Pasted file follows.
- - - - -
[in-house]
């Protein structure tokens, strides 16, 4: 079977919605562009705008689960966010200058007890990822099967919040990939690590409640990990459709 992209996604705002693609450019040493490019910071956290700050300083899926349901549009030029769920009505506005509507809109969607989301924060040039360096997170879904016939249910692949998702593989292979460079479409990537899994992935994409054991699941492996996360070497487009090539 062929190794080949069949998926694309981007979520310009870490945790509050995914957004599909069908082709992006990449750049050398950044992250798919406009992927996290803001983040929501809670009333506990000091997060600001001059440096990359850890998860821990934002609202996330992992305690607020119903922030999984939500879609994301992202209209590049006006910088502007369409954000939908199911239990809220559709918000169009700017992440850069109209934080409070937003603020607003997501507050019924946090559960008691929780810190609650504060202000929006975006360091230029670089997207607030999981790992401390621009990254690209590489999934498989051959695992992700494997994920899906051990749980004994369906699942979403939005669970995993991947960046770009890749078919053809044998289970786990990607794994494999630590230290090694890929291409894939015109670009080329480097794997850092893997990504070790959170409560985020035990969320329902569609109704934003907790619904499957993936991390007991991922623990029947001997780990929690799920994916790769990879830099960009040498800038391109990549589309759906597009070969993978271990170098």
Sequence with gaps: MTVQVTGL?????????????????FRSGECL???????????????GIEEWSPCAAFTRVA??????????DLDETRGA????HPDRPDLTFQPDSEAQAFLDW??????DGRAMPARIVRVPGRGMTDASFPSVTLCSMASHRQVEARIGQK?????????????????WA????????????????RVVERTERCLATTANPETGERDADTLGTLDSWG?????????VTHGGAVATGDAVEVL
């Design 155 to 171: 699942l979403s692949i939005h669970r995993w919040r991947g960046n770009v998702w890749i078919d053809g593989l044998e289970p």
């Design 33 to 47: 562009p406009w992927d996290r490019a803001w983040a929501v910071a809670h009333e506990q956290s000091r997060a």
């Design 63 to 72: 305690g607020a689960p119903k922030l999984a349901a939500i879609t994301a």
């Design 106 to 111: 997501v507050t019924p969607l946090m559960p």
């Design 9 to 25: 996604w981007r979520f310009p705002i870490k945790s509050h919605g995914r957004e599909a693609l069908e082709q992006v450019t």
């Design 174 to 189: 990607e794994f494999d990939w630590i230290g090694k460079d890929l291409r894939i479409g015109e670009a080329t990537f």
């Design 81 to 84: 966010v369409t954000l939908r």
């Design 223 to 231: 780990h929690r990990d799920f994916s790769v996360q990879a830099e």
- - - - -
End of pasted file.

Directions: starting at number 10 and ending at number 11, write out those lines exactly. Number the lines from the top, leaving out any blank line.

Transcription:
């Design 81 to 84: 966010v369409t954000l939908r």
């Design 223 to 231: 780990h929690r990990d799920f994916s790769v996360q990879a830099e």